Precognitive priming of compound remote associates: using an implicit creative insight task to elicit precognition

Vernon, D. (2018) Precognitive priming of compound remote associates: using an implicit creative insight task to elicit precognition. In: 61st Annual Convention of the Parapsychological Association, 2nd-5th August, 2018, Petaluma, California, USA. (Unpublished)

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Abstract

Precognition encapsulates the notion that something that occurs in the future can influence cognition and/or behaviour now. However, a number of recent research projects examining this aspect of parapsychology have failed to produce consistent results. Nevertheless, some light may be shed on these disparate findings by a recent meta-analysis which suggests that what may be considered fast/implicit type tasks are more able to elicit such effects as compared to slower/explicit type tasks. Given this, and the proposed link between an individual’s creativity and their ability to exhibit psi type behaviours, the current study attempted to elicit a precognitive effect using a creative insight task. The task involved presenting participants with three words and requiring them to come up with a fourth related word. This ‘compound remote associates’ task is a standard test for creative insight. Here, the added twist was that participants were primed with the correct answer to half the items after they had completed the task. The prediction was that participants would be more accurate when completing the compound remote associates for which they were later primed compared to those not primed. Unfortunately, the results showed no evidence of a precognitive priming effect. The lack of such an effect, could parsimoniously be interpreted as suggesting that precognition is impossible. However, there remain many positive effects reported in the literature. Hence, a plausible alternative explanation is offered that suggests the context (lab based vs. on-line) of the research may influence the outcome.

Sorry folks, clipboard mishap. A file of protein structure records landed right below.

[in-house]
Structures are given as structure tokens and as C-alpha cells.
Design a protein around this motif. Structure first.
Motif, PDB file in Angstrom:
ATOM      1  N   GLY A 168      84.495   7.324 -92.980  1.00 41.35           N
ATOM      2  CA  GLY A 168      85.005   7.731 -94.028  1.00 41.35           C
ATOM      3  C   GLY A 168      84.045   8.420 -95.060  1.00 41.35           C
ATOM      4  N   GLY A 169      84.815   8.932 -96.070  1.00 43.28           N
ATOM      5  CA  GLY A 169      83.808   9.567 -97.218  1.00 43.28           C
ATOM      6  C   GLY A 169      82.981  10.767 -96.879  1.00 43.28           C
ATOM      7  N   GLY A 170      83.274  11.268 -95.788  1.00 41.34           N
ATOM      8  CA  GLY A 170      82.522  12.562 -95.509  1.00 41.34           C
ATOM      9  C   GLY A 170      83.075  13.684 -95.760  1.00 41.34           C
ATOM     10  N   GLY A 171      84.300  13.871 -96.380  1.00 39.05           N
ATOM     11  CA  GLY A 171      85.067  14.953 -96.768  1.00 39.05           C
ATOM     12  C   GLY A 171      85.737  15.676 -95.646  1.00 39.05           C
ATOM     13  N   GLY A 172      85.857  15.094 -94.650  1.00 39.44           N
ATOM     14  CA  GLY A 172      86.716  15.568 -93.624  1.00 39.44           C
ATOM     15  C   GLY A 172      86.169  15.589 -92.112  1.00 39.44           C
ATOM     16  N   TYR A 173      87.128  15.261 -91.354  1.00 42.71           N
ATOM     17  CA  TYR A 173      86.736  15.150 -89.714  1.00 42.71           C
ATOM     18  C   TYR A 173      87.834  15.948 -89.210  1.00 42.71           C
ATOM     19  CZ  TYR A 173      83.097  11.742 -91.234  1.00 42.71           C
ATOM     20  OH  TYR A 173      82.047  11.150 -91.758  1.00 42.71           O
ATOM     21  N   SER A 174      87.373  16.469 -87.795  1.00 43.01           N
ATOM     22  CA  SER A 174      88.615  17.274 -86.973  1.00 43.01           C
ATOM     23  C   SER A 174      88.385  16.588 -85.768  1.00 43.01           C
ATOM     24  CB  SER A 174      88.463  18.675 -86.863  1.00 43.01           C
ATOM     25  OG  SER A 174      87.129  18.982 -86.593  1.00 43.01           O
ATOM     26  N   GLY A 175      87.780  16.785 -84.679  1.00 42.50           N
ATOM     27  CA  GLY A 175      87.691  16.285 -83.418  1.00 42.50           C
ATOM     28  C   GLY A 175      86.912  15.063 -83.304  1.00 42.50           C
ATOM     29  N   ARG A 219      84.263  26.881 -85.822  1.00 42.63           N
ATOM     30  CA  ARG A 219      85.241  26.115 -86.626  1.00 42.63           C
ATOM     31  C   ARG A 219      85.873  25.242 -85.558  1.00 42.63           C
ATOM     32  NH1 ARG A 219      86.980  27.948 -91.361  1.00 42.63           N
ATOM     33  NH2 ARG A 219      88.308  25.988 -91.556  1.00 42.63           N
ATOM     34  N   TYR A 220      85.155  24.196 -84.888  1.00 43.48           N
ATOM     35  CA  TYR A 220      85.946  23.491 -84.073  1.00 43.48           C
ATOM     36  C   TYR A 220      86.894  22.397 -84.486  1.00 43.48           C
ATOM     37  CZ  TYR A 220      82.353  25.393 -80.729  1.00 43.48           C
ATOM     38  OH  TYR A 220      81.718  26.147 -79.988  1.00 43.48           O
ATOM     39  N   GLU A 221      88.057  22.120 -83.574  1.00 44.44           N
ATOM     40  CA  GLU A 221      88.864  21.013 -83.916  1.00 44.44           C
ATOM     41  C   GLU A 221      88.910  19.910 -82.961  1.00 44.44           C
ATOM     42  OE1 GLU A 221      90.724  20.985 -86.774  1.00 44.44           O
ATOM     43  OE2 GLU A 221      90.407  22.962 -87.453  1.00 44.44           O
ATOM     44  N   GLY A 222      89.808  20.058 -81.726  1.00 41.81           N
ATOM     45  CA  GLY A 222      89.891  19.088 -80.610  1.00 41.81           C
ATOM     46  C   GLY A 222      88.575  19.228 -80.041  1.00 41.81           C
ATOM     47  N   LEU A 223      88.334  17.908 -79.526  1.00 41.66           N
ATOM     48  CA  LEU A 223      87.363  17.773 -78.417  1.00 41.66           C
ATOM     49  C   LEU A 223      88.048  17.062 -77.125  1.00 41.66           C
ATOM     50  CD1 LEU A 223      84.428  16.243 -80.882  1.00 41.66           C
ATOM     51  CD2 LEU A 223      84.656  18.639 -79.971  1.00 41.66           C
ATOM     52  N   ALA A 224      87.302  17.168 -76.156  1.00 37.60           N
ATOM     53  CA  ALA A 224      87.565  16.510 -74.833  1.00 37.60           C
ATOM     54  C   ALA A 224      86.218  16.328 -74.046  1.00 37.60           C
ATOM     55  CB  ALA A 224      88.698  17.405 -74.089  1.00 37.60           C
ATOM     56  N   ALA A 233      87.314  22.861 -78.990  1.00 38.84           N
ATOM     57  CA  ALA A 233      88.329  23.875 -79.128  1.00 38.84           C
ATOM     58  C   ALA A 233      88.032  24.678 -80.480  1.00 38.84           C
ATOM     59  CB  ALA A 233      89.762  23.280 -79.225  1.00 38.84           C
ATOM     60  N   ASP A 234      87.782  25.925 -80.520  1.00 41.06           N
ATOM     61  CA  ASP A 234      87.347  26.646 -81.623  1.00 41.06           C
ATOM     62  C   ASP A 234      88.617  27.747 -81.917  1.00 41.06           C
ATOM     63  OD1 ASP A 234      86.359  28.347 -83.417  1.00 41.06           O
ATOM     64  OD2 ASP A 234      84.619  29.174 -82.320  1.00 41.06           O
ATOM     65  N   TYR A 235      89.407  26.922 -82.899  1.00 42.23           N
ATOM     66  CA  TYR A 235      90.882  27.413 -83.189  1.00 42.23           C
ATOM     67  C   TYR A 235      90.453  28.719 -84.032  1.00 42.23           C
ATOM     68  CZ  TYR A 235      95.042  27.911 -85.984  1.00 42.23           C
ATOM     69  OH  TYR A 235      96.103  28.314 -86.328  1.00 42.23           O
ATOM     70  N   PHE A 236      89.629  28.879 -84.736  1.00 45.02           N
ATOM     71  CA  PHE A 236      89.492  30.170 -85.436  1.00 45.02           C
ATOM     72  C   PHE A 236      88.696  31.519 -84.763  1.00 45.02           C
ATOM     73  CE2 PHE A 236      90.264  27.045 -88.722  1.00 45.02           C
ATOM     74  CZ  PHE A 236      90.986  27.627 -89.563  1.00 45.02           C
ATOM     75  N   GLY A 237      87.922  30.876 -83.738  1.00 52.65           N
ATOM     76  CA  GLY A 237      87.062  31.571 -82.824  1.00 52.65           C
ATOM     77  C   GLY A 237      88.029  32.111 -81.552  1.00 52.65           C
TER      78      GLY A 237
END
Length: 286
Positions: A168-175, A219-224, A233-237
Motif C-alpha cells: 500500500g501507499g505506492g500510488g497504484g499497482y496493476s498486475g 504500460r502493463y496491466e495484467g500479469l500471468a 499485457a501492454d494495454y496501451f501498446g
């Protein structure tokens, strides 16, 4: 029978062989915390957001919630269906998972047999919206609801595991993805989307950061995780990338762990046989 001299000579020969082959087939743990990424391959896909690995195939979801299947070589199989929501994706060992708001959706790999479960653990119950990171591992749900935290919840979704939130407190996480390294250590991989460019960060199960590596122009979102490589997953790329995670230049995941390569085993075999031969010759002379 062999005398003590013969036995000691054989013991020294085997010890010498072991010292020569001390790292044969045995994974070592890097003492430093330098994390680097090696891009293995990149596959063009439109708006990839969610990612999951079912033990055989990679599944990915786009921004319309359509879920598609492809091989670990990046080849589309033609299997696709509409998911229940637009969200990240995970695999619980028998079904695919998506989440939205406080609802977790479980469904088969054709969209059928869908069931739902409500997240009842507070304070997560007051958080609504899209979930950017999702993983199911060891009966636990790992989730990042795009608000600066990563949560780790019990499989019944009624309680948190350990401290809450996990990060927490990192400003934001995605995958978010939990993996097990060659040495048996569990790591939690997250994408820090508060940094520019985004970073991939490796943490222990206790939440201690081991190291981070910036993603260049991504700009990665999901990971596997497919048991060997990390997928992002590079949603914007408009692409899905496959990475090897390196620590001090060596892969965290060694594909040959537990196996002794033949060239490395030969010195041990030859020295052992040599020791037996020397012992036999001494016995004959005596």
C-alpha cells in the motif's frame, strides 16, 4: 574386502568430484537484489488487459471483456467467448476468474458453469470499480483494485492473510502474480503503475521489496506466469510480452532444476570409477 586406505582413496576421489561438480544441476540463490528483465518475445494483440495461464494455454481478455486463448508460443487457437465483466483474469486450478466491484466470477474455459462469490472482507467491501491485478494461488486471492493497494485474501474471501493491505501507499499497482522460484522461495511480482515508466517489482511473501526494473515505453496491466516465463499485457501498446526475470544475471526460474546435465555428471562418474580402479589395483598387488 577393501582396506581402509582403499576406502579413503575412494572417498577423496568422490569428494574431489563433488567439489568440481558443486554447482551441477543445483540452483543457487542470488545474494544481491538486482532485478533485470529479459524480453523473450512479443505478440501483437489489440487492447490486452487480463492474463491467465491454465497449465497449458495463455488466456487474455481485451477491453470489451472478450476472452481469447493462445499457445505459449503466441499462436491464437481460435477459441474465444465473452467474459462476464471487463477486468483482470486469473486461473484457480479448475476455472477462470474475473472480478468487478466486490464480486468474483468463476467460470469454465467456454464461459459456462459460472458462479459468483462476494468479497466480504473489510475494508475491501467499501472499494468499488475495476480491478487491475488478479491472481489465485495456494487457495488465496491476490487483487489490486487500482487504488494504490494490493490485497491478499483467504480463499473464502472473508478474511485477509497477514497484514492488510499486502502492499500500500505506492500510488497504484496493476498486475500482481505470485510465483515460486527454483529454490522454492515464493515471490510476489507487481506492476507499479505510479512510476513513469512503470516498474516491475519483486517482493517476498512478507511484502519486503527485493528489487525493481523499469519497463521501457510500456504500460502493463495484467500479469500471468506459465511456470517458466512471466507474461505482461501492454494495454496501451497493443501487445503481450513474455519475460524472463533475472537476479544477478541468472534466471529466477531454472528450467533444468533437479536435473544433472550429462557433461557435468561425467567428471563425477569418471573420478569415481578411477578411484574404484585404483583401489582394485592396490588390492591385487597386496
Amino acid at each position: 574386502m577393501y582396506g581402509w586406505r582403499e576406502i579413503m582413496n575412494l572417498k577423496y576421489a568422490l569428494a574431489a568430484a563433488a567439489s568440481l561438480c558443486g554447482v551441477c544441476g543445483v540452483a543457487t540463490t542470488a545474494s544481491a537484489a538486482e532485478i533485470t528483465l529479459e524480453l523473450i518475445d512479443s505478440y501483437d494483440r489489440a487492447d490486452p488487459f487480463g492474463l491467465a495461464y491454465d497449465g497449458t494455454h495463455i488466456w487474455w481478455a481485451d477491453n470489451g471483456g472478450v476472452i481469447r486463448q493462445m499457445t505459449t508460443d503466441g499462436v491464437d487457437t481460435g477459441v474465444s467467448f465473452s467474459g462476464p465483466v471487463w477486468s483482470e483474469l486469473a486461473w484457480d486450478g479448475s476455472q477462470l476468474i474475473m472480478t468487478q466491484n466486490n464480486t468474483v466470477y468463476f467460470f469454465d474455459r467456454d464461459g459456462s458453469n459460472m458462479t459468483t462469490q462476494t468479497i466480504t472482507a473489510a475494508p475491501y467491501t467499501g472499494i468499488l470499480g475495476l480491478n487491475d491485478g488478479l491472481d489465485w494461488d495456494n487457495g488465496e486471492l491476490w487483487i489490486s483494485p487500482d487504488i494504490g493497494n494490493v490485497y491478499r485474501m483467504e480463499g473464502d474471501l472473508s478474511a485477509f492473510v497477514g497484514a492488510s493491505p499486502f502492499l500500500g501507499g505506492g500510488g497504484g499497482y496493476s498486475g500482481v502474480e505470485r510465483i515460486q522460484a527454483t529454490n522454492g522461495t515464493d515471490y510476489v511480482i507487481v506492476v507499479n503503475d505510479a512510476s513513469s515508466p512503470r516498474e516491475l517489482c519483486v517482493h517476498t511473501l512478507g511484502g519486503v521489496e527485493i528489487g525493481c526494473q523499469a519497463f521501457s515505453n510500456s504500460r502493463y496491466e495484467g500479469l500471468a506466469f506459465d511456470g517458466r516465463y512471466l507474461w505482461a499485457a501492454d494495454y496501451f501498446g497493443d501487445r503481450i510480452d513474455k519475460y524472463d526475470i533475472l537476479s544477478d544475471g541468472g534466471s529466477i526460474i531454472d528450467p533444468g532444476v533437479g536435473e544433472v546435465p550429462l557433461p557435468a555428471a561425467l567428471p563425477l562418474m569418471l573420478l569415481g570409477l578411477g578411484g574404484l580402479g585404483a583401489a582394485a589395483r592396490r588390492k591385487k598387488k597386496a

Item Type: Conference or Workshop Item (Paper)
Subjects: B Philosophy. Psychology. Religion > BF Psychology > BF1001 Parapsychology > BF1002 Psychic research. Psychology of the unconscious
B Philosophy. Psychology. Religion > BF Psychology > BF1001 Parapsychology > BF1161 Telepathy. Mind reading. Thought transference
B Philosophy. Psychology. Religion > BF Psychology > BF0309 Consciousness. Cognition
Divisions: Faculty of Social and Applied Sciences > School of Psychology, Politics and Sociology
Depositing User: Dr David Vernon
Date Deposited: 22 Aug 2018 08:37
Last Modified: 23 Aug 2018 15:26
URI: https://create.canterbury.ac.uk/id/eprint/17548

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Last edited: 29/06/2016 12:23:00